March 15, 1946 (20th Parliament, 2nd Session)


John Bracken (Leader of the Official Opposition)

Progressive Conservative


The Prime Minister has tabled the interim report of the commission to which, he referred yesterday. Ini doing so
Official Secrets Act

he also referred to the arrest of a member of this parliament. He read certain legal opinions with respect to the procedure followed in that arrest, and he referred to a question of which I had given him notice and which I intended to put at the proper time today. I believe everyone will agree that these important developments have justified the bringing up of this matter at this time; therefore, I think I should put on record the question that I had proposed asking. Tire Prime Minister has only partly answered it. The question was as folio,ws:
In answer to questions directed to him yesterday, the Prime Minister indicated he would make a statement on Monday next in connection with espionage.
Since that time a letter has appeared in the press, reported to have been directed to certain members of parliament from one of those already detained in this investigation, complaining of a disregard of his constitutional rights; and, in addition, this morning's press carries a report of the arrest of a member of parliament, while parliament is in session, in connection with a matter related to this investigation.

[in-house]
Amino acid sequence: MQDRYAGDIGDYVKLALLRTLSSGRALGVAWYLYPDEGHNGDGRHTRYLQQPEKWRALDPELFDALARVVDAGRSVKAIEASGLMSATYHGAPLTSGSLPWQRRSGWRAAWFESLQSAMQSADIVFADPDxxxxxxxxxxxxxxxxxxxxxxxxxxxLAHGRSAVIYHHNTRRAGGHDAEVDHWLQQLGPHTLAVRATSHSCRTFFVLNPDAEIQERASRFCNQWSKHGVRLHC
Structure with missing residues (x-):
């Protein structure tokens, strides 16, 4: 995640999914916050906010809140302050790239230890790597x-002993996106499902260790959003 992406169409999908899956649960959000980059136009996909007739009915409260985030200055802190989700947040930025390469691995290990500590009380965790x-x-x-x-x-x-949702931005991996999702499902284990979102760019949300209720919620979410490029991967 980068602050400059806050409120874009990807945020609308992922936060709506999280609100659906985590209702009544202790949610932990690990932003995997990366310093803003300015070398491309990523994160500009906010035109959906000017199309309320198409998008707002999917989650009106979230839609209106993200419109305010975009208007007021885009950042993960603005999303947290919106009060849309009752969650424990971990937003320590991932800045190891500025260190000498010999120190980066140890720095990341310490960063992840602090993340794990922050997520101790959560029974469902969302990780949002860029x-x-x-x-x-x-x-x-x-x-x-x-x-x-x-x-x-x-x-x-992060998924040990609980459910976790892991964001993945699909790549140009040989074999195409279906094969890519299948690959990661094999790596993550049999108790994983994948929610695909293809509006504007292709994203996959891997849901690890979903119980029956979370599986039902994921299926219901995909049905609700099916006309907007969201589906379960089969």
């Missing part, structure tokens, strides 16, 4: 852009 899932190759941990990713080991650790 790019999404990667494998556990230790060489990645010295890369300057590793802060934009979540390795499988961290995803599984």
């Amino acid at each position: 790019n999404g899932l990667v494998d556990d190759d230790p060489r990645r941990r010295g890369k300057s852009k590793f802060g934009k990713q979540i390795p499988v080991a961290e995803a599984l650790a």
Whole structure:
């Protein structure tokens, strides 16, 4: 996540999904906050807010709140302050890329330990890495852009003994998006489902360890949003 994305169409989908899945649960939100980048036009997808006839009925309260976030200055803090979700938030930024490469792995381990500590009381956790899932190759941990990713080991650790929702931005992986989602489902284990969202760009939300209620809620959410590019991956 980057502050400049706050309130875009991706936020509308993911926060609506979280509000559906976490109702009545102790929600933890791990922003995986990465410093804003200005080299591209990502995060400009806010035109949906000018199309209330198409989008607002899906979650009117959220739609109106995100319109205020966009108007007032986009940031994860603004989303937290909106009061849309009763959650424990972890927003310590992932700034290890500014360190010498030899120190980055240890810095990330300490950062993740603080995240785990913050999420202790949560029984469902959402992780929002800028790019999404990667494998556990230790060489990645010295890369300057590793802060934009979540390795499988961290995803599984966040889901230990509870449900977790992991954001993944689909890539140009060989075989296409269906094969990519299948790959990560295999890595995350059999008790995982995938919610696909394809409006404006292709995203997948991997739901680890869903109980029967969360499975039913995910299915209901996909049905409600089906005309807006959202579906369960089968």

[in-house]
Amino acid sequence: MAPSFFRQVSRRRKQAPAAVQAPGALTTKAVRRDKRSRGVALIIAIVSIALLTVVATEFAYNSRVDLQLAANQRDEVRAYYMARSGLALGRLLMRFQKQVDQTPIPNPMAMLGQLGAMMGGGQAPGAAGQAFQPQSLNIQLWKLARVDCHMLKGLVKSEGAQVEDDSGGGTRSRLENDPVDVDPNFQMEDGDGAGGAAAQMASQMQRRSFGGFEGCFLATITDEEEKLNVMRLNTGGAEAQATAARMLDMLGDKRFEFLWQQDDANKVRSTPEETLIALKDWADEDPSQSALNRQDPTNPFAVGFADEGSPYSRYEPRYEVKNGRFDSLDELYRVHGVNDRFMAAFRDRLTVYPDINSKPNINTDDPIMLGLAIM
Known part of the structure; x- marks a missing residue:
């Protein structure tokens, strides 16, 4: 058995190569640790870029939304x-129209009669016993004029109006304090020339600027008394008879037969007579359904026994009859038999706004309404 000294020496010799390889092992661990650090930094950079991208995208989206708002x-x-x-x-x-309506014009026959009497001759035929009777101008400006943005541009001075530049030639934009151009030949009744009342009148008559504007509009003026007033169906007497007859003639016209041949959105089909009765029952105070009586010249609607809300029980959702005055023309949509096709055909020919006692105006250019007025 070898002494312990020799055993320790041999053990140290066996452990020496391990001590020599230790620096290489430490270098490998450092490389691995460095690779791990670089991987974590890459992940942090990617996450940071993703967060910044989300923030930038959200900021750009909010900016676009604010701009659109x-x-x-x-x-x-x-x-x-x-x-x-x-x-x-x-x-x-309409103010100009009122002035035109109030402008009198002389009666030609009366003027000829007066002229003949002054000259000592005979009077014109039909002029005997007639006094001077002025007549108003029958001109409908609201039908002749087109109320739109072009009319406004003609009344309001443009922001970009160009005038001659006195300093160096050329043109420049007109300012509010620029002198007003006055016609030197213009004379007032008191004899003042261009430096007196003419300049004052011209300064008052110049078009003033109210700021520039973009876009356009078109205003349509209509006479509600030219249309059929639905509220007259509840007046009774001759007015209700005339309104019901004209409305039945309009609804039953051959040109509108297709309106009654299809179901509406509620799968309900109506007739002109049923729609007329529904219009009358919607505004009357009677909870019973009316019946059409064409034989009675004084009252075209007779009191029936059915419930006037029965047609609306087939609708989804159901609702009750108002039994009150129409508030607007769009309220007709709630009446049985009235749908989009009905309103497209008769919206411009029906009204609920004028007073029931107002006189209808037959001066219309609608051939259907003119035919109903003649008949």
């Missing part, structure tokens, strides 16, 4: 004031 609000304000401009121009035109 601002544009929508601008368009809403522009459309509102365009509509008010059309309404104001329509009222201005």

My question is: In view of these incidents and in view of the consequent mounting public interest in this matter, will the Prime Minister make to-day the statement he proposes to make rather than delay it until Monday?
As I said, the' Prime Minister has made a statement referring to these matters in part. If my question had been answered in the affirmative we would have had a fuller statement. I presume, the matter having gone this far, that the Prime Minister does not feel that he can say any more at the moment. Whether he does or not I should like to say this further word, that the refusal of habeas corpus proceedings, the bolding of men without a legal charge against them, without the right of bail and without the right to have counsel, is a serious matter to all who pride themselves on the principles of British justice. The Canadian people will be behind the government in searching out and in punishing crimes against the state, but the Canadian people are- not in sympathy with any departure from the regular procedures of our courts, established over long years, for dealing with matters of this kind, unless the circumstances are most unusual, such as, for instance, the safety of the state being in danger.
I am sure the house appreciates the information which the Prime Minister has given us to-day; whether he cares to say anything further now is a matter for him to decide.
IMr. Bracken.]

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